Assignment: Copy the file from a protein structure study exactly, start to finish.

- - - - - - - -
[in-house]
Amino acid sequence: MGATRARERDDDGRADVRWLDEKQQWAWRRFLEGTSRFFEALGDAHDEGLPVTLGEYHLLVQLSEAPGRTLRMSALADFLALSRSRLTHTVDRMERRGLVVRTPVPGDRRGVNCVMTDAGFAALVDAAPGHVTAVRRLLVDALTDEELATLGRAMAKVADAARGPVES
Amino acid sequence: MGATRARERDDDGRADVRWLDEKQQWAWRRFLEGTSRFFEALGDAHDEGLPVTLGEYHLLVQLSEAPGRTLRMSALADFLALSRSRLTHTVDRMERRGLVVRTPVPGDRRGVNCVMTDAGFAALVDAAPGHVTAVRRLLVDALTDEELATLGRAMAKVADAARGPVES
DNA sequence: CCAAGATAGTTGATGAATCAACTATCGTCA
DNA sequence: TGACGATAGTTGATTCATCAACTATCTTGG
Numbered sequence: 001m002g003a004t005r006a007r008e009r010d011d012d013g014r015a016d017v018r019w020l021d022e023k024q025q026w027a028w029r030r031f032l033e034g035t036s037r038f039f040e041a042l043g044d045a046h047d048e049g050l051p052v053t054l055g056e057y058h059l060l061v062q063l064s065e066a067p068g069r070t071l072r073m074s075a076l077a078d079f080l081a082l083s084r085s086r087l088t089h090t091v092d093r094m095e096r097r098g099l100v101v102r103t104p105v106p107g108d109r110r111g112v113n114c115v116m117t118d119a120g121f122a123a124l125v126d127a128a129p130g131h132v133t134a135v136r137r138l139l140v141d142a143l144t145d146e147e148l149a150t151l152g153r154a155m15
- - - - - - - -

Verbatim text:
[in-house]
Amino acid sequence: MGATRARERDDDGRADVRWLDEKQQWAWRRFLEGTSRFFEALGDAHDEGLPVTLGEYHLLVQLSEAPGRTLRMSALADFLALSRSRLTHTVDRMERRGLVVRTPVPGDRRGVNCVMTDAGFAALVDAAPGHVTAVRRLLVDALTDEELATLGRAMAKVADAARGPVES
Amino acid sequence: MGATRARERDDDGRADVRWLDEKQQWAWRRFLEGTSRFFEALGDAHDEGLPVTLGEYHLLVQLSEAPGRTLRMSALADFLALSRSRLTHTVDRMERRGLVVRTPVPGDRRGVNCVMTDAGFAALVDAAPGHVTAVRRLLVDALTDEELATLGRAMAKVADAARGPVES
DNA sequence: CCAAGATAGTTGATGAATCAACTATCGTCA
DNA sequence: TGACGATAGTTGATTCATCAACTATCTTGG
Numbered sequence: 001m002g003a004t005r006a007r008e009r010d011d012d013g014r015a016d017v018r019w020l021d022e023k024q025q026w027a028w029r030r031f032l033e034g035t036s037r038f039f040e041a042l043g044d045a046h047d048e049g050l051p052v053t054l055g056e057y058h059l060l061v062q063l064s065e066a067p068g069r070t071l072r073m074s075a076l077a078d079f080l081a082l083s084r085s086r087l088t089h090t091v092d093r094m095e096r097r098g099l100v101v102r103t104p105v106p107g108d109r110r111g112v113n114c115v116m117t118d119a120g121f122a123a124l125v126d127a128a129p130g131h132v133t134a135v136r137r138l139l140v141d142a143l144t145d146e147e148l149a150t151l152g153r154a155m15